Day school mixes Purim and 25th anniversary


High level political officials, journalists, think-tank scholars, Jewish organizational leaders and others involved in the nation’s political life were among the 450 people who gathered Sunday at the Ronald Reagan Building and International Trade Center in Washington, D.C., to attend the annual Purim Ball celebrating the 25th anniversary of the Jewish Primary Day School of the Nation’s Capital.

Nearly all speakers recalled the school’s beginnings in 1988, led by parents with small children at Adas Israel Congregation.

“My husband and I were committed to living in the District and we were committed to sending our child to Jewish day school,” Michelle Gary, one of school’s founding parents, told Washington Jewish Week. “But we didn’t want to have to put our child on a long bus ride to Rockville. We were also interested in having a school that had smaller classes and that was a developmentally oriented, kindler gentler school.”

Now home to 318 students, the school recently opened a new center to accommodate three kindergarten classes. Gary recalled the early days when, along with her day job as an attorney, she was responsible for preparing hot lunches for the entire school — numbering 30 at the time.

Other founding parents include Secretary of the Treasury Jacob Lew and his wife, Ruth, who served as president of the school’s steering committee.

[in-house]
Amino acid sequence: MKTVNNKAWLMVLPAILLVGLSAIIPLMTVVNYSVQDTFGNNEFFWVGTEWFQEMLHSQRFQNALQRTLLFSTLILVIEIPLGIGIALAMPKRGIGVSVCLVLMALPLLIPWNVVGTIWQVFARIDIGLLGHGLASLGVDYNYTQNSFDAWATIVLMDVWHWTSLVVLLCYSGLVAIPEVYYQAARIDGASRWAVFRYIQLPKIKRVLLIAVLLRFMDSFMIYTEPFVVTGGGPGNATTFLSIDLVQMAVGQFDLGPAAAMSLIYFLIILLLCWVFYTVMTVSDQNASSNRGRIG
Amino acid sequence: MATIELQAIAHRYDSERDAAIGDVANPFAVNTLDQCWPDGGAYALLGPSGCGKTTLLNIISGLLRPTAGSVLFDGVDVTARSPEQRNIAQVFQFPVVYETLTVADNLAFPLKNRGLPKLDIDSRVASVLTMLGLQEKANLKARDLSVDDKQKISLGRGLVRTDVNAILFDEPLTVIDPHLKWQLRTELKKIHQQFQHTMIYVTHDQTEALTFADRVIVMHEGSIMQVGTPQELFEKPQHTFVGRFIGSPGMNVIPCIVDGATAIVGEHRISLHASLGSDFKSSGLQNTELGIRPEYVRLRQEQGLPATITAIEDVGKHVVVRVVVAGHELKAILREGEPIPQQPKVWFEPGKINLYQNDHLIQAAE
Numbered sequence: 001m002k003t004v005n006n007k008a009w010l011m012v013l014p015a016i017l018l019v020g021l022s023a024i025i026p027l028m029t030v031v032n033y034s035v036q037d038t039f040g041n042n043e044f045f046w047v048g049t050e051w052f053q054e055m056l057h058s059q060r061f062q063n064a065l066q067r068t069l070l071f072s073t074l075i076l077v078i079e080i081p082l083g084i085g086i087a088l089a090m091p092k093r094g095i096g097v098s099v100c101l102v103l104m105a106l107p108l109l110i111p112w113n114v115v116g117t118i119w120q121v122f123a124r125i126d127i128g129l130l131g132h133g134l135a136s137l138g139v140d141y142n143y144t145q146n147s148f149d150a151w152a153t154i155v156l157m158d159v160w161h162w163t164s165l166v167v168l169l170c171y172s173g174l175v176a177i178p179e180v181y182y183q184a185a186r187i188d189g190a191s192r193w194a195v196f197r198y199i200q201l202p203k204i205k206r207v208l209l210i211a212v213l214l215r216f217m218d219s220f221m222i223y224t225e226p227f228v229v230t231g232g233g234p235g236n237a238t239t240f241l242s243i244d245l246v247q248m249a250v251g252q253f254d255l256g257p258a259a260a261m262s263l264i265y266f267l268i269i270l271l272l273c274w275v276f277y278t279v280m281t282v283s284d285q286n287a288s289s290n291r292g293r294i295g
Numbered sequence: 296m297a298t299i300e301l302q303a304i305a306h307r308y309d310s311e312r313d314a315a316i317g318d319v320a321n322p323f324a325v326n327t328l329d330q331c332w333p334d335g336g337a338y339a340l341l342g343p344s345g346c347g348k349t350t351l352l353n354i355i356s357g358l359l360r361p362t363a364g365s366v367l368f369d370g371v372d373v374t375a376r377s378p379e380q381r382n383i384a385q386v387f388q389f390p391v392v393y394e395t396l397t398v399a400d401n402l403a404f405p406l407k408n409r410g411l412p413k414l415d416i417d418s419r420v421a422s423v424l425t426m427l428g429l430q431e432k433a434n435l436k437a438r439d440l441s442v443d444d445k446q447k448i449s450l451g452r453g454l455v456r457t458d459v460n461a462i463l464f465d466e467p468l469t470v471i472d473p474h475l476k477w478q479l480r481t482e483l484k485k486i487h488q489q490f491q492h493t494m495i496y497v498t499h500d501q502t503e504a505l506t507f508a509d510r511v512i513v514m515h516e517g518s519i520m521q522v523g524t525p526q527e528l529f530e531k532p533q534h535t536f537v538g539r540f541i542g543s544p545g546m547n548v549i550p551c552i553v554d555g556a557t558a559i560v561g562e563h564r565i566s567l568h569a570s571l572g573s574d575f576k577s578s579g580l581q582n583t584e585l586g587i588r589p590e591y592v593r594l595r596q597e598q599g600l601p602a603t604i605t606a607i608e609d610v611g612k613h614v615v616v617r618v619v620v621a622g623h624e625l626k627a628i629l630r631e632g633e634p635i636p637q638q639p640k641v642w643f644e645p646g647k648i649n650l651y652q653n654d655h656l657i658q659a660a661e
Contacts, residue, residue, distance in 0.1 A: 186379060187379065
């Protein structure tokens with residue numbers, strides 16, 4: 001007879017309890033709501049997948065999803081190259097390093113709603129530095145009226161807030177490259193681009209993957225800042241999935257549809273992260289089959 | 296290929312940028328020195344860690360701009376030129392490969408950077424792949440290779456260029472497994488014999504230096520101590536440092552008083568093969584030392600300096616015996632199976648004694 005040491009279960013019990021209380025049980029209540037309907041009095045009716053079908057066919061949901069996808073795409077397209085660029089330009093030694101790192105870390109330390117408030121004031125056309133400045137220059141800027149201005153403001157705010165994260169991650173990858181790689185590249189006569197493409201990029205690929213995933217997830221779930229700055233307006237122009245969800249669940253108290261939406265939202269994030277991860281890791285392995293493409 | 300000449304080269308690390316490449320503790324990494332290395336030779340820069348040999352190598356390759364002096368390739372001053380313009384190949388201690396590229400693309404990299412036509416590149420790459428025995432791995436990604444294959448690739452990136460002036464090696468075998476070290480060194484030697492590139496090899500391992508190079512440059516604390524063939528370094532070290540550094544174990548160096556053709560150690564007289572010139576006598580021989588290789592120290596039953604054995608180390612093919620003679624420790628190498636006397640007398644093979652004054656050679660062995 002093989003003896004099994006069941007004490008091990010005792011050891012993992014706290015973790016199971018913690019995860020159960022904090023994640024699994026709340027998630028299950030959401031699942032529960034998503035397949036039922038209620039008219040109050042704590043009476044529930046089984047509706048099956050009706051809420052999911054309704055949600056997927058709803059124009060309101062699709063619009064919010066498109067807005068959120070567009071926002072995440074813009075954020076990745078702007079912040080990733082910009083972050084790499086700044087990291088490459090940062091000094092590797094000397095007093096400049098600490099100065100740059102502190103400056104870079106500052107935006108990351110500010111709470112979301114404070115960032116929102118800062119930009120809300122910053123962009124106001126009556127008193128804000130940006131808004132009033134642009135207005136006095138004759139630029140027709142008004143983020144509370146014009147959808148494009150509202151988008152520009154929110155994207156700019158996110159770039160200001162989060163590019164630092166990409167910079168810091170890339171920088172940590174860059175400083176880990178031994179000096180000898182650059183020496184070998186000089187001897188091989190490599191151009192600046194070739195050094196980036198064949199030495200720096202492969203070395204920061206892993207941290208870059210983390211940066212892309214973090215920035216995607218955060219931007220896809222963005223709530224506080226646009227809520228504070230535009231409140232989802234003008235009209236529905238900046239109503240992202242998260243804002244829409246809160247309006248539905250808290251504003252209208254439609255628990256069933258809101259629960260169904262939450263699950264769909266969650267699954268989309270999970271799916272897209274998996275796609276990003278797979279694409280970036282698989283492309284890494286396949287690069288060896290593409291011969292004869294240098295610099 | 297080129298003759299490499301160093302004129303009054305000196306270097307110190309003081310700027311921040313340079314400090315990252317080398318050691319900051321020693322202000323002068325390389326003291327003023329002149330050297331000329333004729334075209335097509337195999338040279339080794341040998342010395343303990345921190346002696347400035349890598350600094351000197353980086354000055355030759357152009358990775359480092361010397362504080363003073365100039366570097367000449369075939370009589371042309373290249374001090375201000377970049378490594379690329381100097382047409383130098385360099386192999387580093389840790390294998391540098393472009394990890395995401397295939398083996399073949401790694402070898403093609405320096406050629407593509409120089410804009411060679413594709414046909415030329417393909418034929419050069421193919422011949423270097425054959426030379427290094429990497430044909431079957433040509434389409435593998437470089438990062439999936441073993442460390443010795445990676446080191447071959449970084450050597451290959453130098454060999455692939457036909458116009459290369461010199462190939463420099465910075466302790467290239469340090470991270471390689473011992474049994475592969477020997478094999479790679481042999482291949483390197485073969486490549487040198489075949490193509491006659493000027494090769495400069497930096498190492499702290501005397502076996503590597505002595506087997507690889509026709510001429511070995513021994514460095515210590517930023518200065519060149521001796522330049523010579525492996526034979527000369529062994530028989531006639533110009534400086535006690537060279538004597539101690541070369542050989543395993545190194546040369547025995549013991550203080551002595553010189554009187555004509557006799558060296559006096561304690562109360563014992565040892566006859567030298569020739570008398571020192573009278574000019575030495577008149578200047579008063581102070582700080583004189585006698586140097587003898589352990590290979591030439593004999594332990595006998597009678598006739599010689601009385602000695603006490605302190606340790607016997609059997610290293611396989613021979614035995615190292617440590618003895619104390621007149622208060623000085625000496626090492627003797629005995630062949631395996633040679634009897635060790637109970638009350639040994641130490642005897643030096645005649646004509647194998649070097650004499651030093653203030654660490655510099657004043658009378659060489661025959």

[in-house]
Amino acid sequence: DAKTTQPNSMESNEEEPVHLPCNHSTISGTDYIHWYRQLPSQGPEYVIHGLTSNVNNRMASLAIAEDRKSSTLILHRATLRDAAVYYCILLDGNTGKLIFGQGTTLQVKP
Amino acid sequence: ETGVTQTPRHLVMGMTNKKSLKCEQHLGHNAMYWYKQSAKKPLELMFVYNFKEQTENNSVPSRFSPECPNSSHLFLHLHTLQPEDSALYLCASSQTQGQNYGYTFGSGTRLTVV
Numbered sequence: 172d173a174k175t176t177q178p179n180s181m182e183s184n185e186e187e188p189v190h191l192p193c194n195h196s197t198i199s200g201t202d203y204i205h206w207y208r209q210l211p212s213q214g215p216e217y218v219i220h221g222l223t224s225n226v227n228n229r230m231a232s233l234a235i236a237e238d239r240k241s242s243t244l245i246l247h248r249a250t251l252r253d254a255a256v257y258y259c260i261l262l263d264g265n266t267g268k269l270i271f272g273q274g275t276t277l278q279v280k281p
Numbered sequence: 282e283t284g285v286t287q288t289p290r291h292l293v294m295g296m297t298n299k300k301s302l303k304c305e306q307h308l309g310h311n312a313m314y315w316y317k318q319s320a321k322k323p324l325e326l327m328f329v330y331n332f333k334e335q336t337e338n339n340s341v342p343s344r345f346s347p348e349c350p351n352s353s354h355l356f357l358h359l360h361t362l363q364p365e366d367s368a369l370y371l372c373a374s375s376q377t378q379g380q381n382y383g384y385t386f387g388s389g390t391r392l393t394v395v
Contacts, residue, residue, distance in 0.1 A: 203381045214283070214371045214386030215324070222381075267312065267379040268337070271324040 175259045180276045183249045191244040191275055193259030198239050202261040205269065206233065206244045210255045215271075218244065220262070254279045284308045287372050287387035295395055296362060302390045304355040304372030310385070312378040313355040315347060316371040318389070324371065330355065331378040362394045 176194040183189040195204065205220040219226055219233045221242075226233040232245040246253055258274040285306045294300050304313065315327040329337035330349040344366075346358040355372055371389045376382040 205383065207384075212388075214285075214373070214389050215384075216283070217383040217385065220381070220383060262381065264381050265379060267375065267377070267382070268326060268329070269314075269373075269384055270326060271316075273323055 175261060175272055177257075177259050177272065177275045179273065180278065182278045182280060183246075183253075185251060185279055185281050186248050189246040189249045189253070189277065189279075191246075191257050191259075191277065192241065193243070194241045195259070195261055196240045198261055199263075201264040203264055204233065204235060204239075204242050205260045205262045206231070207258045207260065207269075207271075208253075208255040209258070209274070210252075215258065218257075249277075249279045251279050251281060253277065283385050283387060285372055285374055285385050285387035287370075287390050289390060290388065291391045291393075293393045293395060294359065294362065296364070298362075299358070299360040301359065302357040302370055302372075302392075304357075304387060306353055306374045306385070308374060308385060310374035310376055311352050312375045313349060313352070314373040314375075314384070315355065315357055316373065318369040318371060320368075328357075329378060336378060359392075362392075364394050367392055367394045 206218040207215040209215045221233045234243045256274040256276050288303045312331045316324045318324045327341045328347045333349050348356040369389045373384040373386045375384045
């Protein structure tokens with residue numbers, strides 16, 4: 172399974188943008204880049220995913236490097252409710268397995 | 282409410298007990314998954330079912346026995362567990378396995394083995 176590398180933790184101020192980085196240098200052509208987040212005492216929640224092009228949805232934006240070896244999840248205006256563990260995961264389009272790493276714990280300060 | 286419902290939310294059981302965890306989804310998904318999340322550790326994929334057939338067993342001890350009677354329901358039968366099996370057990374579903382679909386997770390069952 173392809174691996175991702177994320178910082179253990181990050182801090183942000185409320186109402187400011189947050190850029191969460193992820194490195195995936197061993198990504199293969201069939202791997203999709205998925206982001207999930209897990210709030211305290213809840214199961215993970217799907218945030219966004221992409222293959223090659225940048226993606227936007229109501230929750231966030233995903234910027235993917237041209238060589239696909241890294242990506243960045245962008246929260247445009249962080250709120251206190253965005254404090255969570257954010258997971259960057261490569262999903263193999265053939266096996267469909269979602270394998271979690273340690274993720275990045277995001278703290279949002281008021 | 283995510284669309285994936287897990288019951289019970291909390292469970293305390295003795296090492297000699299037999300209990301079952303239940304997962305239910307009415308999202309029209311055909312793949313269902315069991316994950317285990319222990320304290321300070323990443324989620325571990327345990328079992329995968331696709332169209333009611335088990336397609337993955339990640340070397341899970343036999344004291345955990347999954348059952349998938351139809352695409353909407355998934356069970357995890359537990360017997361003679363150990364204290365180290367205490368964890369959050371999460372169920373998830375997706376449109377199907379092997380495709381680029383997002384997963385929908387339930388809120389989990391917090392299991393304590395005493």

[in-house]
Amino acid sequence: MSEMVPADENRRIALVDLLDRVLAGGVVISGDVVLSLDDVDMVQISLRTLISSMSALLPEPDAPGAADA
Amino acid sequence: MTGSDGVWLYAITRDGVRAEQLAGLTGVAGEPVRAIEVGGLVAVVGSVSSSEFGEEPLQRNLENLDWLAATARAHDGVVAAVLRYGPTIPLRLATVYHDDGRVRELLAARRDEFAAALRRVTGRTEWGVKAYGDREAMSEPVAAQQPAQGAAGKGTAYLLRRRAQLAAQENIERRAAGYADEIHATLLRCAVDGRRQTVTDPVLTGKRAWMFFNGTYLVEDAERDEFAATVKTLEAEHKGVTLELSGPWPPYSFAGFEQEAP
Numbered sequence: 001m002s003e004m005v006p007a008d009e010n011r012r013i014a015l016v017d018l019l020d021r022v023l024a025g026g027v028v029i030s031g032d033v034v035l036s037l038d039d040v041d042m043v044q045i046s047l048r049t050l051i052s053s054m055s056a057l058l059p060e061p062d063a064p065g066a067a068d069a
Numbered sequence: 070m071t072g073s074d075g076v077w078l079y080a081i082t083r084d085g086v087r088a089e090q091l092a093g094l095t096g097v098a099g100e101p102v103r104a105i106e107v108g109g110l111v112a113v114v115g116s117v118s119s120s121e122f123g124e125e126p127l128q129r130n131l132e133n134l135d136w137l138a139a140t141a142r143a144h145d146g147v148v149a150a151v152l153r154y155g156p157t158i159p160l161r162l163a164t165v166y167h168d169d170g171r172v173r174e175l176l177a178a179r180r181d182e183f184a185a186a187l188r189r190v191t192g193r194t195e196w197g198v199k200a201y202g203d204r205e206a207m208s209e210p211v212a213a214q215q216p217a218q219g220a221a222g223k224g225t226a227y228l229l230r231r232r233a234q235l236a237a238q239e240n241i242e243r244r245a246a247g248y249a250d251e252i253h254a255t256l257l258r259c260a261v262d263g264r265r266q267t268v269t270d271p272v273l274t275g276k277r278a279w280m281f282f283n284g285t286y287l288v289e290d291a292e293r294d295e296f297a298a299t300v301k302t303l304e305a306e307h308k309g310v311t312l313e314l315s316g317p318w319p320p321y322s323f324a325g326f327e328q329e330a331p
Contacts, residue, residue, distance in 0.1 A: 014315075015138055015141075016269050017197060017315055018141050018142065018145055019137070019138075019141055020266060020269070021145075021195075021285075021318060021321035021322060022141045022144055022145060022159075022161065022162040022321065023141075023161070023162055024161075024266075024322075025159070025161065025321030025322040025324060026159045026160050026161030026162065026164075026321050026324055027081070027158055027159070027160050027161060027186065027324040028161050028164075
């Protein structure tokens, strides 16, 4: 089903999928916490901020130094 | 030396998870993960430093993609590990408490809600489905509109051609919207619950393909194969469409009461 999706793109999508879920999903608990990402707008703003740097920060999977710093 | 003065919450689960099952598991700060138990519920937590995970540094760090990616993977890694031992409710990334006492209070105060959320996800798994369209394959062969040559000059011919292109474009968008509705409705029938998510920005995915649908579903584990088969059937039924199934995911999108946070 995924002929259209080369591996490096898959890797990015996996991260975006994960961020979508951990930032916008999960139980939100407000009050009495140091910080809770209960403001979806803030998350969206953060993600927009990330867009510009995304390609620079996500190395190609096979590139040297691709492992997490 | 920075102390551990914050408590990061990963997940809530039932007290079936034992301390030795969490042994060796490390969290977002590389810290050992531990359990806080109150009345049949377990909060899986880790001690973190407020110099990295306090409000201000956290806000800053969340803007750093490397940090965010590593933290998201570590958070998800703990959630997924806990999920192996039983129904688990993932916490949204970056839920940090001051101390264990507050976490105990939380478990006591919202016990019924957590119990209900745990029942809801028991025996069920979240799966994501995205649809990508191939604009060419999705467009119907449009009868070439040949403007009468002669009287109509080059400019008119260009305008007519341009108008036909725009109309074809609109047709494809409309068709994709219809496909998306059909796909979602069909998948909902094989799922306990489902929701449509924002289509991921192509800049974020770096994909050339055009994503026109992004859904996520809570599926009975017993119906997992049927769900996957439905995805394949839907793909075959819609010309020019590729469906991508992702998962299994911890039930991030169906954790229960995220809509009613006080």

Originally scheduled to speak at the event, Lew had to cancel at the last minute. On Tuesday he underwent surgery for a benign enlarged prostate. Lew sent his remarks to be read by Gary.

“We dreamed of a school that would value each and every child,” Lew wrote, “that would provide them with a rich academic experience in a warm and nurturing environment, that would support them in becoming proud citizens of the United States of America as well as committed members of the Jewish people.

“And it was critical to us that JPDS would welcome all kinds of Jewish people — our goal was not tolerance, but embrace,” he continued.

A fundraising auction netted $100,000 for student scholarships. It was matched by school supporter Robert Schattner, who pledged $50,000.

Leon Wieseltier, writer and literary editor at the New Republic, was one of the night’s honorees.

Speaking about the importance of a Jewish day school education, he said, “This gorgeous civilization of ours, I mean the Jewish one, has miraculously made it all the way to us, and we are right to be stubborn about its development and transition.”

Rona Kelner, a school parent co-chair for this year’s ball, said she and Laurie Saroff began the massive effort of planning for the ball as soon as the last year’s ended.

“The kids are at home because this is the grownups’ night out to mingle and socialize,” Kelner said. “It’s the one night where everyone gets to dress up and leave the kids at home.”

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